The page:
March is Kidney Cancer Awareness Month, and to get the latest information on the disease, we spoke with University of Colorado (CU) Cancer Center member Elaine Lam, MD, FACP, an associate professor of medicine in the Division of Medical Oncology at the University of Colorado School of Medicine.
University of Colorado (CU) Cancer Center researchers have been on the leading edge of developing new therapies for leukemia. One of the most recent breakthrough therapies has been the development of venetoclax, a B-cell lymphoma-2 inhibitor, that that has shown profound results for adults with acute myeloid leukemia (AML) and has become a standard of care for patients with this disease all over the world.
There were a lot of things Jim White thought he’d never do: stay in one place long enough to feel roots grow beneath his feet, meet the love of his life, have a child whose daily joy in discovering the world reignites White’s own joy.
Even as exciting developments are happening in cervical cancer research, an estimated 14,100 new cases of invasive cervical cancer will be diagnosed in the United States this year.
The Tumor-Host Interactions Program (THI) at the University of Colorado Cancer Center has awarded four CU Cancer Center researchers $30,000 each to gain preliminary data using the Multiplex Ion Beam Imager (MIBI) housed in the cancer center’s Human Immune Monitoring Shared Resource (HIMSR) to support a competitive national grant proposal. The selected researchers are expected to submit a national competitive grant proposal within six months of completing their THI-MIBI pilot studies.
Can dietary strategies like intermittent fasting or time-restricted eating help breast cancer survivors prevent their tumors from recurring? It’s a question researchers at the University of Colorado (CU) Cancer Center are looking to answer with a new study funded by a $3 million R01 grant from the National Cancer Institute.
On a mission to increase early detection of esophageal cancer, University of Colorado (CU) Cancer Center member Sachin Wani, MD, is leading a study to see if a novel diagnostic platform can help endoscopists better identify the disease in patients with a condition called Barrett’s esophagus.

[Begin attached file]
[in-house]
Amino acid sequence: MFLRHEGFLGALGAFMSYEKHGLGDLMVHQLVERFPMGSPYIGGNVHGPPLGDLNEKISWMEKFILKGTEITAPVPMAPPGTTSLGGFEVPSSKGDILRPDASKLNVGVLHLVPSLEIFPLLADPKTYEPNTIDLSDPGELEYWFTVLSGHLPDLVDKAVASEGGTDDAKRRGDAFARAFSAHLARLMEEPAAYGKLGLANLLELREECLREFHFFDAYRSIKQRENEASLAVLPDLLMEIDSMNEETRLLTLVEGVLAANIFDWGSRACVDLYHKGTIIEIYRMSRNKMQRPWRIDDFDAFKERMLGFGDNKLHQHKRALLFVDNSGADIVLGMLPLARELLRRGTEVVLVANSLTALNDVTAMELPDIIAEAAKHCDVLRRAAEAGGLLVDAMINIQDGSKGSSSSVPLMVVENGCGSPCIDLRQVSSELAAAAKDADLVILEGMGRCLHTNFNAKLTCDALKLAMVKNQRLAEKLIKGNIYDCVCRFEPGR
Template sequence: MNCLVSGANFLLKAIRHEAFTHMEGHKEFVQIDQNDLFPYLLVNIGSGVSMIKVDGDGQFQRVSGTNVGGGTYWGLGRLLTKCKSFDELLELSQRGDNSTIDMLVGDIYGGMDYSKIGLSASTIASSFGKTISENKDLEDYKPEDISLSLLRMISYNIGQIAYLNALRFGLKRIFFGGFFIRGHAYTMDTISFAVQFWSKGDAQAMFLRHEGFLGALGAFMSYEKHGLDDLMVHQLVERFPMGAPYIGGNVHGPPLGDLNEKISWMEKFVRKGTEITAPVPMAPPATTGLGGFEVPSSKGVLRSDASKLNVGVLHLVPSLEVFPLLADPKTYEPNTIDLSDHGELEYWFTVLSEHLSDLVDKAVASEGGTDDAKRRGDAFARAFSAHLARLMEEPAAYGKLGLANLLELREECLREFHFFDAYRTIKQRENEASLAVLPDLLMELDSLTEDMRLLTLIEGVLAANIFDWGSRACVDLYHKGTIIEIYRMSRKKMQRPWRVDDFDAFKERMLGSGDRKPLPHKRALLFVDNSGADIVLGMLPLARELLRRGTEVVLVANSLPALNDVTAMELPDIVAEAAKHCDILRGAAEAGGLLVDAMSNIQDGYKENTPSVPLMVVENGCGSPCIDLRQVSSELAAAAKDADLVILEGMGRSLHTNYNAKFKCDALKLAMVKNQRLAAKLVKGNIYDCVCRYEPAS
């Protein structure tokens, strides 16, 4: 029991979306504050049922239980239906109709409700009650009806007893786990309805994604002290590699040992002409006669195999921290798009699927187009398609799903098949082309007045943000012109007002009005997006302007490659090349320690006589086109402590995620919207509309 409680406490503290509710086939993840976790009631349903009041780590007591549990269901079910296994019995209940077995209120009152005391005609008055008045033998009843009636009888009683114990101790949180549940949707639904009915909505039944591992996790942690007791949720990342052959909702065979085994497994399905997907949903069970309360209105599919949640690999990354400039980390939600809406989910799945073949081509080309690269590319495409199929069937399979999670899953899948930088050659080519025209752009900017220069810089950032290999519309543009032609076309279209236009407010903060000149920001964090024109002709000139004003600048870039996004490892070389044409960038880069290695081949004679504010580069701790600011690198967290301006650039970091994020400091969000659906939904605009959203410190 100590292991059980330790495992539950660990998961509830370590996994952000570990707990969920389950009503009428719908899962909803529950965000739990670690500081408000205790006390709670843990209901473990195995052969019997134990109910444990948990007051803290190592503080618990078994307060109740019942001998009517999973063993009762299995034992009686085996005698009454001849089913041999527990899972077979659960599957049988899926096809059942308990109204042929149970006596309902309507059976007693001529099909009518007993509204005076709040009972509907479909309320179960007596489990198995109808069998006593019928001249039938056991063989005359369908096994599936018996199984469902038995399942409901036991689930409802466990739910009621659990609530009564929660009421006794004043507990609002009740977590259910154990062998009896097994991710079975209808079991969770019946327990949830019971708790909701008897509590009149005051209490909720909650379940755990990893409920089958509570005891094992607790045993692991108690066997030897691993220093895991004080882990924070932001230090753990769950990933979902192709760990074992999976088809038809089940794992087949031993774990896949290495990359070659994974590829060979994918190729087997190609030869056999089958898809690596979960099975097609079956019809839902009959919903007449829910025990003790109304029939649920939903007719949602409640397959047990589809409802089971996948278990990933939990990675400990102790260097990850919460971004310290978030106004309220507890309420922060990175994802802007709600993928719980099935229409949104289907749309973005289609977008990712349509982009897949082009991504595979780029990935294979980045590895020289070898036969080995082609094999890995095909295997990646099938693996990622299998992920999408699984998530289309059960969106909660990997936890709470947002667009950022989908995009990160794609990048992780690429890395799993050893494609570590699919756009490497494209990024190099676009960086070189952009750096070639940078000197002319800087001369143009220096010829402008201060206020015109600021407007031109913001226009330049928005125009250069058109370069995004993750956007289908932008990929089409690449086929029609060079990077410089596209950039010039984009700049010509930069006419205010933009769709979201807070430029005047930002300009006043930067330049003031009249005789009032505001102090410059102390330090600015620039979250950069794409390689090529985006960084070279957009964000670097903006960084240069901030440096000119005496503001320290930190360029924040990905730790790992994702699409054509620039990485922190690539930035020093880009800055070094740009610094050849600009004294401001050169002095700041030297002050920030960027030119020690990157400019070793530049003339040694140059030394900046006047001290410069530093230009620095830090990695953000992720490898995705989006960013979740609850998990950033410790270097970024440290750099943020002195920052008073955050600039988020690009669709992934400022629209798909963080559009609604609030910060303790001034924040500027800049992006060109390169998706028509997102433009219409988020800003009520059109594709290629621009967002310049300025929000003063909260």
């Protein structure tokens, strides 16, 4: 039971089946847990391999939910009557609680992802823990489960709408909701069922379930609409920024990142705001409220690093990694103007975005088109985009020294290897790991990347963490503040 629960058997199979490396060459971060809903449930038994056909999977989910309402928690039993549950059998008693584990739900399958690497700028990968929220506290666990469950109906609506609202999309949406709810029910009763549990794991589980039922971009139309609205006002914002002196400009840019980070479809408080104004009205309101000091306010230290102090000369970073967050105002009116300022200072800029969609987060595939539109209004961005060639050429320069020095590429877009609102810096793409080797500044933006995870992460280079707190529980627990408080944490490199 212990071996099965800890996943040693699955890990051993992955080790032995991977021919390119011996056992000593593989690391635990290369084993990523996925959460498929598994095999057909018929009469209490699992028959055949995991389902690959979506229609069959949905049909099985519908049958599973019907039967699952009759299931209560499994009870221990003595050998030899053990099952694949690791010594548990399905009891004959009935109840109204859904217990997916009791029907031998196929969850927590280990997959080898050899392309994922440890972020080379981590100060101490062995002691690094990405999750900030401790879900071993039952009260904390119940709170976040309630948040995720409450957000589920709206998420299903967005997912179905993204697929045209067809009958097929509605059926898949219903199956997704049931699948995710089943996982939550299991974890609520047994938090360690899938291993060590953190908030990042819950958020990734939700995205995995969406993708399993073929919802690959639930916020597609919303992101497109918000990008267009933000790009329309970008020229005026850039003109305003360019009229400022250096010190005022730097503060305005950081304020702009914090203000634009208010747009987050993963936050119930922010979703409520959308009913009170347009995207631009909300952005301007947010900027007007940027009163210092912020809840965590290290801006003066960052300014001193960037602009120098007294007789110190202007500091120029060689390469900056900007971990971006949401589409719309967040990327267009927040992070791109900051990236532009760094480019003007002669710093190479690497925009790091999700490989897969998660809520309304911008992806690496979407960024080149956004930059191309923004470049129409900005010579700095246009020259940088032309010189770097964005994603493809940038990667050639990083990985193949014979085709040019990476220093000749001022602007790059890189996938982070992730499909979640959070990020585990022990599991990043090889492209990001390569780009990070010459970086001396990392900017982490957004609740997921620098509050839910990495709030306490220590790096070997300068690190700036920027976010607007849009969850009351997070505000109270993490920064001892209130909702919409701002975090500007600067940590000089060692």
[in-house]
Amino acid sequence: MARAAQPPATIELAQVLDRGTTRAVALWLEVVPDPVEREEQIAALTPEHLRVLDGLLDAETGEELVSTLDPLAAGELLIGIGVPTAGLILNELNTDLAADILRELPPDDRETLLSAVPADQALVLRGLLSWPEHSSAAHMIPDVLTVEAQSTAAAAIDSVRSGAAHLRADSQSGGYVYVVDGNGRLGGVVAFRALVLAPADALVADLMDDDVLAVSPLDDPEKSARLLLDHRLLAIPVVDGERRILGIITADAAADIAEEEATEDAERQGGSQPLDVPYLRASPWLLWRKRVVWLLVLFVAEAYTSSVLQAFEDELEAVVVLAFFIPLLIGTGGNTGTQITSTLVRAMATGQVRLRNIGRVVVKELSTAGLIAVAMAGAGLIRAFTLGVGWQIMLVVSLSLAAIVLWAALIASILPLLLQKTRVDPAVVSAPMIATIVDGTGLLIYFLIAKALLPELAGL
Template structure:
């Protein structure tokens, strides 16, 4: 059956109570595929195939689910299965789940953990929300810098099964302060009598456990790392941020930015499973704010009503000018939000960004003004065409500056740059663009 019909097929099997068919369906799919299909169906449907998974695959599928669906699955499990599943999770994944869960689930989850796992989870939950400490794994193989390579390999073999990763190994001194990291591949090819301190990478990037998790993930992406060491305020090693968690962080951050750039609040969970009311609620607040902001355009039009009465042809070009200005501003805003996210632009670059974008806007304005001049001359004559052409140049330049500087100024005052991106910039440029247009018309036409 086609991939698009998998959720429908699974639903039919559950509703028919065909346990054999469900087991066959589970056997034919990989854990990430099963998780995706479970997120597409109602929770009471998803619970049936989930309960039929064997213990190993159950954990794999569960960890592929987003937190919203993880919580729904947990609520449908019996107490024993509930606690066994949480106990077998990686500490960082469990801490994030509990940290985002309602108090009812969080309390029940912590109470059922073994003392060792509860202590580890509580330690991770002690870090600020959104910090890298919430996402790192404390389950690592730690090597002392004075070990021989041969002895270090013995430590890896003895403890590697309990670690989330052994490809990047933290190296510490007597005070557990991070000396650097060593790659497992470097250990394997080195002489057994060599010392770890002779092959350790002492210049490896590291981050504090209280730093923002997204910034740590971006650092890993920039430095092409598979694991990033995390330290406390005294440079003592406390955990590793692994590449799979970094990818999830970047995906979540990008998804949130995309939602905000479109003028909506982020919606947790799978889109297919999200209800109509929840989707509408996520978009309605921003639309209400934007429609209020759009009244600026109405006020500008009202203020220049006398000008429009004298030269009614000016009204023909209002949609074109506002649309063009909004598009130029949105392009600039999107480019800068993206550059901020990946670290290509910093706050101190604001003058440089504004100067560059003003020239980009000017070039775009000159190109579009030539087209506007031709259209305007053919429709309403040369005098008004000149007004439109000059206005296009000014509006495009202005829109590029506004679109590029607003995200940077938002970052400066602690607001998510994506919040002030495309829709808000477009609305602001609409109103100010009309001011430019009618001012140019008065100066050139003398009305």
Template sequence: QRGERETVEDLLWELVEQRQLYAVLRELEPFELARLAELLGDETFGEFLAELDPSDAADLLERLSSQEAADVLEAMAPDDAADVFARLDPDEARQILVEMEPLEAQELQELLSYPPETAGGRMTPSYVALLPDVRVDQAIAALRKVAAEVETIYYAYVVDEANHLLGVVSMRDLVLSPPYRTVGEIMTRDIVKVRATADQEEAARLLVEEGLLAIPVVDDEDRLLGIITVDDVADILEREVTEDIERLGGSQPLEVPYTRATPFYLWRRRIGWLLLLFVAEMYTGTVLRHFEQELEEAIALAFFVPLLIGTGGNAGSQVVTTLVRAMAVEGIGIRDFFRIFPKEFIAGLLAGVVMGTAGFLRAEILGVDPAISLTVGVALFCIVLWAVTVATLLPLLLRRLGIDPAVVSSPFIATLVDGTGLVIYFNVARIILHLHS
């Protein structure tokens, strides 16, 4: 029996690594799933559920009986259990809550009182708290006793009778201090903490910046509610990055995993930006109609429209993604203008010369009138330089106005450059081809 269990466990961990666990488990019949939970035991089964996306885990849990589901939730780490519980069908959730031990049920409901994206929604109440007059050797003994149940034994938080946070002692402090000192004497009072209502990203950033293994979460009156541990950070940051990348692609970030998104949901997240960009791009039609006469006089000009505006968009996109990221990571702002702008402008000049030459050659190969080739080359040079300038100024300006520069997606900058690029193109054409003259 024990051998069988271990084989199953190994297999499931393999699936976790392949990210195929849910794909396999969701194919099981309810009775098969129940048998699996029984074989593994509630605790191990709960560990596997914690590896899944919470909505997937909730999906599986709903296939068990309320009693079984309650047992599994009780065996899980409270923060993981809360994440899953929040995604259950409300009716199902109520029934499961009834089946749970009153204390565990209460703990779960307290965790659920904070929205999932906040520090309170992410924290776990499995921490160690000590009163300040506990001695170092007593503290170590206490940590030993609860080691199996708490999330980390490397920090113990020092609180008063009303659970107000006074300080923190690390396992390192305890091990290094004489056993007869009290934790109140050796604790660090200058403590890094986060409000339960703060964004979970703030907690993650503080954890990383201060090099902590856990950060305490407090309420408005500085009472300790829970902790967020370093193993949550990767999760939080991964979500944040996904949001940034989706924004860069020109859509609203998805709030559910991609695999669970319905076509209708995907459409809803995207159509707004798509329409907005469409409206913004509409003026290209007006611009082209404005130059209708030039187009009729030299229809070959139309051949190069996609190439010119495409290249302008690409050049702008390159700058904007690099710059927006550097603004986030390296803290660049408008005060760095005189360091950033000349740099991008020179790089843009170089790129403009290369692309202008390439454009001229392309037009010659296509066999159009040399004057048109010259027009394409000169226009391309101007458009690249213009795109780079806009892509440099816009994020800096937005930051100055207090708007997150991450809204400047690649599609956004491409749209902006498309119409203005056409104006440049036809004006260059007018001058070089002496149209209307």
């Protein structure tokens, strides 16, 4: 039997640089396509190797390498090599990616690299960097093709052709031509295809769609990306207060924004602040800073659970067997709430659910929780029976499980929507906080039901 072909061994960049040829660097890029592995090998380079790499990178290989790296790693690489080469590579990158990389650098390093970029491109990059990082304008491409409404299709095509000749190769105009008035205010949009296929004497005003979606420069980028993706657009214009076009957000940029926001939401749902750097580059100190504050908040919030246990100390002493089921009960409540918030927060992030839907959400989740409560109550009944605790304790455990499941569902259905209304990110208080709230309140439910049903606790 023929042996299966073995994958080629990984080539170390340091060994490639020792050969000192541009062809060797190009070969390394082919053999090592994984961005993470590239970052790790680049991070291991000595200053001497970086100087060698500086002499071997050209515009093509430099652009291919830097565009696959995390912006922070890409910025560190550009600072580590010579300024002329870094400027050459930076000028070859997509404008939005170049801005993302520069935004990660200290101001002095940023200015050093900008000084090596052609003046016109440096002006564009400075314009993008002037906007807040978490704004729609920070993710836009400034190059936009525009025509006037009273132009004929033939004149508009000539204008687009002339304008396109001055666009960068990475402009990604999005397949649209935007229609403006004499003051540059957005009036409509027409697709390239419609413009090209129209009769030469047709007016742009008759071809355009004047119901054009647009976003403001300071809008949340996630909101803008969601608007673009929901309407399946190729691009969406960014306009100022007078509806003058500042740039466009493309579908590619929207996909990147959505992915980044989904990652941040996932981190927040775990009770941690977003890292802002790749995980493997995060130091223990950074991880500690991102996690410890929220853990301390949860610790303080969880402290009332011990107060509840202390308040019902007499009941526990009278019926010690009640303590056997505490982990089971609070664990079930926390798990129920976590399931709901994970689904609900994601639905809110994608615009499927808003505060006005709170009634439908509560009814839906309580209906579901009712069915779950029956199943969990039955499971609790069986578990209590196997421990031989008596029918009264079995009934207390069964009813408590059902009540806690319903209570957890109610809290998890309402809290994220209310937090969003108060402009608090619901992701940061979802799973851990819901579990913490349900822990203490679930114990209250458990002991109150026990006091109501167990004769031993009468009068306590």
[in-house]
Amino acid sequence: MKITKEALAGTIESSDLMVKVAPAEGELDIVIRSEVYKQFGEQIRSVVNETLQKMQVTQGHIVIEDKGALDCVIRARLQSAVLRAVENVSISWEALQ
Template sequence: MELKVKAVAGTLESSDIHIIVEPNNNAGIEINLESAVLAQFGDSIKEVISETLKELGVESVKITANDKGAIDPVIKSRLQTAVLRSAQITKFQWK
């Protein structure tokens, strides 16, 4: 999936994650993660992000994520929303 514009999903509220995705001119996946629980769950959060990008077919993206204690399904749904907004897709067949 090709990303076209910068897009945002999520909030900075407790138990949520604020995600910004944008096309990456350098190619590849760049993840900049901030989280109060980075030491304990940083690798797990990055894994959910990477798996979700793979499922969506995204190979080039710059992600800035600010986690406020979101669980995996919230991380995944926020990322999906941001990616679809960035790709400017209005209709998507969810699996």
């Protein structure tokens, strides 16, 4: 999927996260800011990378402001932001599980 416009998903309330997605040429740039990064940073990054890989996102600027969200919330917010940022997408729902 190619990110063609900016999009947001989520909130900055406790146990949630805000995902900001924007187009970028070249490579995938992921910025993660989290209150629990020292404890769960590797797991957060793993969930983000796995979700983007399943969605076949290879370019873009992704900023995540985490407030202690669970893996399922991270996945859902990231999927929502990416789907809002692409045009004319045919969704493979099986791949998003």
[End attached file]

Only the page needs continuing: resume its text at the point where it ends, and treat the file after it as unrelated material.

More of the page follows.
On this World Cancer Day, the University of Colorado (CU) Cancer Center looks back to earlier this week when President Biden reignited his Cancer Moonshot initiative, setting ambitious goals to “reduce the death rate from cancer by at least 50% over the next 25 years and improve the experience of people and their families living with and surviving cancer — and by doing this and more, end cancer as we know it today.”
University of Colorado (CU) Cancer Center leader Wells Messersmith, MD, has been named chief medical officer of oncology services at UCHealth. In this new role, Messersmith will oversee cancer care at all UCHealth locations with a focus on expanding advanced treatments and the clinical trials UCHealth offers in partnership with the CU Cancer Center.
Comedian Louie Anderson — known for his stand-up routines, as well as a hosting stint on “Family Feud,” his animated series “Life With Louie,” and a more recent role on the FX comedy series “Baskets” — died January 21of diffuse large B-cell lymphoma. He was 68.
When Colorado Governor Jared Polis declared January National Radon Action Month, he noted that about 50 percent of Colorado homes test at or above the guideline level at which the U.S. Environmental Protection Agency (EPA) recommends remediation.
The American Cancer Society (ACS) released its annual cancer statistics last week, reporting that the risk of dying from cancer in the U.S. has fallen 32% over the past 28 years. Cancer deaths in the U.S. reached their peak in 1991, with 215 out of every 100,000 people dying from cancer, and have been falling ever since, largely due to a decline in the amount of people who smoke.
Carlos J. Castro transferred his care to Elizabeth Kessler, MD, University of Colorado Cancer Center member, after learning about a clinical trial that gave him a new treatment option for his stage 4 prostate cancer.
In the past, molecular and cellular oncology research often began with the idea that cells are cells and proteins are proteins, and it didn’t especially matter who provided the sample.
This was another exciting year for the University of Colorado Cancer Center, and we were able to share more than 80 stories spotlighting our members and their research. We also shared the cancer journeys of some of our patients.
Some battles begin before a shot is even fired, with an army building bridges and grading roads, clearing and smoothing the path to make the invading force stronger and more effective.
Of the 18,000 people diagnosed with large B-cell lymphoma each year, only half will be successfully treated with chemotherapy. The 9,000 remaining patients typically have poor outcomes, with only 25% responding to additional, higher-intensity chemotherapy, followed by a stem cell transplant.